SIOUX FALLS, S.D. (KELO) — As we recognize and celebrate Black history, the way the country thinks about race has changed by the death of George Floyd in 2020. Last May, Sioux Falls saw its own big demonstration for Floyd. Laura Chandler and Julian Beaudion each spoke at the march.
“I think Sioux Falls is forever changed by what happened that day,” Chandler said. “I don’t think that you bring together 5,000 people to march through the streets of downtown Sioux Falls and it not impact the community.”
Some impact, of course, is internal.
“I think what’s important about it is that the work, it doesn’t stay in the streets, right?” Chandler said. “Like it begins there, but then you move into self-reflection and action, and I’ve seen that taking place a lot here in Sioux Falls.”
“There’s been more curiosity,” Beaudion said.
Beaudion, a law enforcement officer, brings up recent developments in Pierre when asked about improvements.
“We tried to create some legislative change around natural hair for Black people and people of color, and then also create some legislative change around the holiday of Juneteenth which is the Black freedom day, it’s the day that we celebrate our freedom from slavery,” Beaudion said. “And there was a huge fight against both of those bills.”
Senate Bill 89, which would have given Juneteenth the distinction of being a state holiday, and Senate Bill 90, which addressed hair and racial discrimination, were both killed. Still, Beaudion is looking forward.
“The action is definitely there, and like I said before, action for me is much more than just conversation, and so I’m excited to see what’s to come,” Beaudion said.
“The awareness that we’ve seen in the community and people’s willingness to say, ‘I’m not really comfortable talking about this, I don’t, I’m afraid of saying the wrong thing, but I still realize how important it is to bring attention to some of these issues,'” Chandler said. “I see that as progress. And I think many people are making efforts to really change what representation looks like in their communities and their organizations.”
Chandler had been director of the Center for Diversity and Community at USD. But come March 5, she’ll be vice president of diversity, equity and inclusion at Oglethorpe University in Atlanta.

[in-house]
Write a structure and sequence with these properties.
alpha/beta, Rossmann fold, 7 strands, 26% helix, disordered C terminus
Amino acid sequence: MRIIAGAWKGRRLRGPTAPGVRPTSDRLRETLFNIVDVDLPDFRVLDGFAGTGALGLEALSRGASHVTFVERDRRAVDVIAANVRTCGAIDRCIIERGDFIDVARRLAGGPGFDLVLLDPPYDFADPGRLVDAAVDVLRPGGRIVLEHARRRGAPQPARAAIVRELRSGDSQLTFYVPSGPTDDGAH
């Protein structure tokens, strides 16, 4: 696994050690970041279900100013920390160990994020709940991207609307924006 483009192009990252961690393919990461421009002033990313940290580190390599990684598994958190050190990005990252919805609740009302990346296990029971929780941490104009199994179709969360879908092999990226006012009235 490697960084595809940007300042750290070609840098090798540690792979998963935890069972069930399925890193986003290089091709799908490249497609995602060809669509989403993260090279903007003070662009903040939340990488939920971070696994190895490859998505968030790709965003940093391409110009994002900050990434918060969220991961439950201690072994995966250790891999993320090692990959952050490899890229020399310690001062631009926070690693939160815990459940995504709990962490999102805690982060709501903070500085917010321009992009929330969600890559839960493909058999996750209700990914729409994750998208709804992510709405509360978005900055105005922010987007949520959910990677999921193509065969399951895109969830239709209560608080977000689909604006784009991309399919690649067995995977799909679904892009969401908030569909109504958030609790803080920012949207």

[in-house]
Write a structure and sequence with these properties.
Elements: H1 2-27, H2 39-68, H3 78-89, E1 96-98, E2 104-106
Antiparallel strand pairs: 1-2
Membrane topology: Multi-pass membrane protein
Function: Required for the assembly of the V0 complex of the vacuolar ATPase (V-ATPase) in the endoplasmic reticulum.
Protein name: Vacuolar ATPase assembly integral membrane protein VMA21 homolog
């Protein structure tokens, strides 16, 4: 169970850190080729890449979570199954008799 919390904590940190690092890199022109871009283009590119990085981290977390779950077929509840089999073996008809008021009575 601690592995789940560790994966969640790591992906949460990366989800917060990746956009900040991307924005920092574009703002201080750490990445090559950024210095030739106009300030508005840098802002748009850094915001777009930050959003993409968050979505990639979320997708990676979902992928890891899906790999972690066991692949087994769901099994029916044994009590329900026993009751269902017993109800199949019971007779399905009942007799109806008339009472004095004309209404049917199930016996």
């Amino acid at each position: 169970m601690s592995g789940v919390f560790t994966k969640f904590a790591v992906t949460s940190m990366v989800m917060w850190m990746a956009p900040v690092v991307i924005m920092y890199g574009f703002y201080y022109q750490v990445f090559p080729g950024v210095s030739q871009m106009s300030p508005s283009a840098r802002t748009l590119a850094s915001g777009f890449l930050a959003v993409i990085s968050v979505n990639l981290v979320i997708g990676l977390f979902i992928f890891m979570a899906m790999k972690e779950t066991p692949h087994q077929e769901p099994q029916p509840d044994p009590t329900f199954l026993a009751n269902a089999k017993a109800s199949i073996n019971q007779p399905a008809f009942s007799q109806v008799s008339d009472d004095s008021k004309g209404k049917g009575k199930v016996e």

“One thing that I would just like to caution is that be sure that the things that people are doing don’t serve as a replacement for accountability,” Chandler said. “What happened to George Floyd wasn’t just about racism or inequality in general. It was a very specific kind of systemic inequality and racism that exists within law enforcement agencies.”
One enduring question deals with change.
Dan Santella: How does a person who comes from a position of privilege, who is not a person of color, how can they help make things better?
“So sometimes it’s, it may be the thing that you are least likely to think of, and that’s listening, right?” Chandler said. “When you’re aware of a problem or issue or you just become aware of that problem or issue, you want to immediately take action and get involved. And sometimes you can do more harm, right, if you take that action without doing that internal self-reflection, understanding your own biases and privileges.”
“We’ve gained so many more allies throughout the community that it’s, it has benefited us not just in conversation, but when we talk about engaging with legislators to make sure that we have policy change, talking with the mayor to make sure that we’re doing things the right way in our police department,” Beaudion said.